One Month with the Samsung Galaxy S III [Review]



Battery Life

Samsung chose to use a PenTile display instead of the Super AMOLED Plus display found on the S II in order to improve battery life, and fortunately that has paid off. With moderate use we have been getting a full day on a charge. And that is a whole lot of better battery performance than what you will find on most other Android Smartphones, especially such powerful ones.

Camera

One of our favorite qualities of the Galaxy S II was its camera, and fortunately that has carried over to the Galaxy S III. The S III takes great photos with sharp visuals and it reproduces accurate colors. Shutter speed on the camera is extremely quick, the tap to focus works very well, the flash usually doesn’t wash out a scene or people in the scene, and the camera holds up well in doors with low light conditions. The camera is also fast and responsive. Plus, the Galaxy S III’s camera software also has plenty of tricks up its sleeve, including HDR, a Best Shot feature that lets you pick best shot out of 8 continuous photos. Our only gripe with the camera on the S III is that it often struggled with white objects, causing the white balance to be thrown off. To top it all off, the Galaxy S III also packs in a 1.9-megapixel front-facing camera.

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Performance

When it comes to general performance, the Galaxy S III is as expected, a kick a$$ performer. The Galaxy S III is running on a 1.5GHz dual-core Qualcomm Snapdragon S4 processor and 2GB of RAM. The device earned a score of 6161 in AnTuTu, making it the current smartphone champ, having even beat out the HTC One X. But it earned a score of and 4269 in Quadrant, falling right behind the HTC One X. Either way you look at it, the Galaxy S III is a beast in terms of performance.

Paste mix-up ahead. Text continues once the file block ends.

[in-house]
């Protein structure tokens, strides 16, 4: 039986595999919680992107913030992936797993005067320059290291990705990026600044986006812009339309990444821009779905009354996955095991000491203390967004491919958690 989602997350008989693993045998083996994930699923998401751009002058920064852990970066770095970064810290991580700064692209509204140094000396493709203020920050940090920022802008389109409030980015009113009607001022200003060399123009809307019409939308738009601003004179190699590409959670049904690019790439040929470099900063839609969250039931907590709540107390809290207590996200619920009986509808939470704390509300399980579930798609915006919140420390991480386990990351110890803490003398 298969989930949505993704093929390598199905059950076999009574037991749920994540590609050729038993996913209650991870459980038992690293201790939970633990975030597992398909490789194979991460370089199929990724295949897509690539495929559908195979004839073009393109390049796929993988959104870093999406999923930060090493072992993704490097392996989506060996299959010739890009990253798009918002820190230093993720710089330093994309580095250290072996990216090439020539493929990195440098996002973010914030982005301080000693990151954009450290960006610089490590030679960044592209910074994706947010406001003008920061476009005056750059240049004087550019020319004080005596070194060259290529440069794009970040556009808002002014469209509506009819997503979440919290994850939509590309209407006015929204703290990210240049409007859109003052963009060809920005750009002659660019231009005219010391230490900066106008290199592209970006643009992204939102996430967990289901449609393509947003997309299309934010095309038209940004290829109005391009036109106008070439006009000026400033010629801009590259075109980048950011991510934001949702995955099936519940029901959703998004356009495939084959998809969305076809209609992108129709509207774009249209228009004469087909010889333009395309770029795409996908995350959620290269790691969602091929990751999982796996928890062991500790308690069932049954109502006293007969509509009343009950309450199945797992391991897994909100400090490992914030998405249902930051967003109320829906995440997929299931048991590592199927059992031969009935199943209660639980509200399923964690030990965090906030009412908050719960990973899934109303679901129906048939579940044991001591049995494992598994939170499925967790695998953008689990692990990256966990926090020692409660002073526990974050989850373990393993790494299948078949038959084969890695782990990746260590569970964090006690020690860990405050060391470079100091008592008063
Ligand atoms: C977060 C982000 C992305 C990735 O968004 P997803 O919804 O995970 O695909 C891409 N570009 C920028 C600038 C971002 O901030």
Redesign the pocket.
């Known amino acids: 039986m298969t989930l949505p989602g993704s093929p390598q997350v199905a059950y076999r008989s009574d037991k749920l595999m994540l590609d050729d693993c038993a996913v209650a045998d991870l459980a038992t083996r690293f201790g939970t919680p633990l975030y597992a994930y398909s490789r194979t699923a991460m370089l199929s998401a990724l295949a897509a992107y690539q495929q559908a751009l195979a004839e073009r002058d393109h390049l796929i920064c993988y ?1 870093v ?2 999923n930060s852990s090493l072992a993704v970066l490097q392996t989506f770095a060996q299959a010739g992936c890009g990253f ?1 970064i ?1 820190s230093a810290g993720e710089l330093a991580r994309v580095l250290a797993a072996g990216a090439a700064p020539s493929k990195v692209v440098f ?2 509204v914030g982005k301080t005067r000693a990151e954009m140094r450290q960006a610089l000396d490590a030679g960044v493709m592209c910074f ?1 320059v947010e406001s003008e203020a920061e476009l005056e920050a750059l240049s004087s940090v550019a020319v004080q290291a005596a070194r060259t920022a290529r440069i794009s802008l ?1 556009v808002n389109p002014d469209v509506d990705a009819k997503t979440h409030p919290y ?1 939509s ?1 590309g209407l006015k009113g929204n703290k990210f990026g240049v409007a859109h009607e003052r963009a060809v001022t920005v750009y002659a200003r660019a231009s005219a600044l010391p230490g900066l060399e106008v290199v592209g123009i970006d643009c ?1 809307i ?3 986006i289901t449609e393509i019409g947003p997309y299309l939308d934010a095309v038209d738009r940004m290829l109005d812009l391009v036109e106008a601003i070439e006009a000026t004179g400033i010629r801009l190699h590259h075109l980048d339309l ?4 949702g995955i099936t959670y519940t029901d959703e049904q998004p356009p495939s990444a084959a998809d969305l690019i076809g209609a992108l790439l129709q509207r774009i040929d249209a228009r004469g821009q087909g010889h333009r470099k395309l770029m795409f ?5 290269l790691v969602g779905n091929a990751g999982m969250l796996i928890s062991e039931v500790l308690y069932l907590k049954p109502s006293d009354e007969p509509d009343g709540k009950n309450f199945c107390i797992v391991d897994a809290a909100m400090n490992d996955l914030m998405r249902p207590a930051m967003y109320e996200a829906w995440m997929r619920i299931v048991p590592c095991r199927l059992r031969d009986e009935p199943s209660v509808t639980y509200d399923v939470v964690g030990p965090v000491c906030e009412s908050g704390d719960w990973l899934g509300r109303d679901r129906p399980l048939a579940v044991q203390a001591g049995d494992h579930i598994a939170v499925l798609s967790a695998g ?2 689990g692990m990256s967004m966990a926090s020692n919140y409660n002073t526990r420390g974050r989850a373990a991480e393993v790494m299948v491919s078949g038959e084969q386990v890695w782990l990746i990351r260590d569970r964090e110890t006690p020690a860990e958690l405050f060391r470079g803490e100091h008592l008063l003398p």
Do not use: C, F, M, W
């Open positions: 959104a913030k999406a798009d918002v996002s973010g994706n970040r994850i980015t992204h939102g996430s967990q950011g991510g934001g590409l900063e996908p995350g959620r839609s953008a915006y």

Web Browsing

Below are some web surfing speed tests that were taken in New York City on a Samsung Galaxy S III running on Sprint, and a Galaxy S III running on AT&T. The device also takes advantage of those super speedy up and coming LTE networks, if you’re in an area with an active LTE network. In particular, the S III running on AT&T’s LTE network blew us away, while the S III running on Sprint underwhelmed.


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Call Quality

Call quality on the Galaxy S III is generally very good. However we have a minor gripe with the device’s ear piece, and that is to hear a caller clearly, our ear has to be placed directly on top of the phone’s speaker – or else we often find ourselves struggling to hear our callers well.

Accessories